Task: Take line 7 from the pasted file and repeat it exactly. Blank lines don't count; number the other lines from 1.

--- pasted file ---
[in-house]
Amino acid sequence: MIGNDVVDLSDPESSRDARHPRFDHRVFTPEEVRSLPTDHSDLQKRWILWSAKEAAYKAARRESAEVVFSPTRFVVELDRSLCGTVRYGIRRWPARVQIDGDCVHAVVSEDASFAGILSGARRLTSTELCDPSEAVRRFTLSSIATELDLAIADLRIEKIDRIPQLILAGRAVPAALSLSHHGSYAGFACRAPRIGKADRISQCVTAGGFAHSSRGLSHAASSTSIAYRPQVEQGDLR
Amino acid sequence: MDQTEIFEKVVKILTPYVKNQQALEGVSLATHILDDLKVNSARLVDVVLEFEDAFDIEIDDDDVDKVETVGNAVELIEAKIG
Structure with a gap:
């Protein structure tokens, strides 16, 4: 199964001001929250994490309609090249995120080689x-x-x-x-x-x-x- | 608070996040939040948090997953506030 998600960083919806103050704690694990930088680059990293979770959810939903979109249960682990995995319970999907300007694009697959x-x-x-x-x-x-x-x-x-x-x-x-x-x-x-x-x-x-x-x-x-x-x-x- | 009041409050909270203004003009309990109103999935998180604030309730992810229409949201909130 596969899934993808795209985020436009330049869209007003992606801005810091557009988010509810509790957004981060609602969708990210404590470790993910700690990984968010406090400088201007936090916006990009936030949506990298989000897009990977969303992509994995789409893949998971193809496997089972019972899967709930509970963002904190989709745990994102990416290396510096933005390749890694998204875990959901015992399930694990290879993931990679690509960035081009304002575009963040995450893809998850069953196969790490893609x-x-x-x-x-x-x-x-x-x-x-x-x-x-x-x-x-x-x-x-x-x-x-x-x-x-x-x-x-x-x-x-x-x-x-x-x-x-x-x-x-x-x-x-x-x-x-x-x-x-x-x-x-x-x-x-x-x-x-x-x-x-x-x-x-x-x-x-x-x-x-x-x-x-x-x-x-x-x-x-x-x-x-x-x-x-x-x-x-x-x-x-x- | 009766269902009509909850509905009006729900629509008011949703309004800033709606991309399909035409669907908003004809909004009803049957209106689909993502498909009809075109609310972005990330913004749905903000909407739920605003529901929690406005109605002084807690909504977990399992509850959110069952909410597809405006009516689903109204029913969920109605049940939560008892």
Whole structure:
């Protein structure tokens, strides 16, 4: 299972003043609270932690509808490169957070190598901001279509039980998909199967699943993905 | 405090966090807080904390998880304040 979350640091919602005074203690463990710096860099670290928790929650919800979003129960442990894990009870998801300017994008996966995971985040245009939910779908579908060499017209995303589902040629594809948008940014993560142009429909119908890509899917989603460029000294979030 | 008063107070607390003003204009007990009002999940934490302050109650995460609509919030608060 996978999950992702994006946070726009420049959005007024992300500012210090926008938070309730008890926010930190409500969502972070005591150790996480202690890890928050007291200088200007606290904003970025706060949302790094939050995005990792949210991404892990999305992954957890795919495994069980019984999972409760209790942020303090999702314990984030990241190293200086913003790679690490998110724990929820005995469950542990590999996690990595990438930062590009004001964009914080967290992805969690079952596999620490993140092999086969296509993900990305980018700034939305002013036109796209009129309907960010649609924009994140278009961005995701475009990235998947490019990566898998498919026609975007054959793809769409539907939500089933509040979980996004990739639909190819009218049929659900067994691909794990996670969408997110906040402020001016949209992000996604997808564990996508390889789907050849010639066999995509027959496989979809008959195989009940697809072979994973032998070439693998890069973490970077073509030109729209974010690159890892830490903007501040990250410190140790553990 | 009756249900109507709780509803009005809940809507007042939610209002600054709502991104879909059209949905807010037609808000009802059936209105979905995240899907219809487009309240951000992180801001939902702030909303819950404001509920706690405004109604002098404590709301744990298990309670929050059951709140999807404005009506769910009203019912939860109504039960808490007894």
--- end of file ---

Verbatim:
């Protein structure tokens, strides 16, 4: 299972003043609270932690509808490169957070190598901001279509039980998909199967699943993905 | 405090966090807080904390998880304040 979350640091919602005074203690463990710096860099670290928790929650919800979003129960442990894990009870998801300017994008996966995971985040245009939910779908579908060499017209995303589902040629594809948008940014993560142009429909119908890509899917989603460029000294979030 | 008063107070607390003003204009007990009002999940934490302050109650995460609509919030608060 996978999950992702994006946070726009420049959005007024992300500012210090926008938070309730008890926010930190409500969502972070005591150790996480202690890890928050007291200088200007606290904003970025706060949302790094939050995005990792949210991404892990999305992954957890795919495994069980019984999972409760209790942020303090999702314990984030990241190293200086913003790679690490998110724990929820005995469950542990590999996690990595990438930062590009004001964009914080967290992805969690079952596999620490993140092999086969296509993900990305980018700034939305002013036109796209009129309907960010649609924009994140278009961005995701475009990235998947490019990566898998498919026609975007054959793809769409539907939500089933509040979980996004990739639909190819009218049929659900067994691909794990996670969408997110906040402020001016949209992000996604997808564990996508390889789907050849010639066999995509027959496989979809008959195989009940697809072979994973032998070439693998890069973490970077073509030109729209974010690159890892830490903007501040990250410190140790553990 | 009756249900109507709780509803009005809940809507007042939610209002600054709502991104879909059209949905807010037609808000009802059936209105979905995240899907219809487009309240951000992180801001939902702030909303819950404001509920706690405004109604002098404590709301744990298990309670929050059951709140999807404005009506769910009203019912939860109504039960808490007894």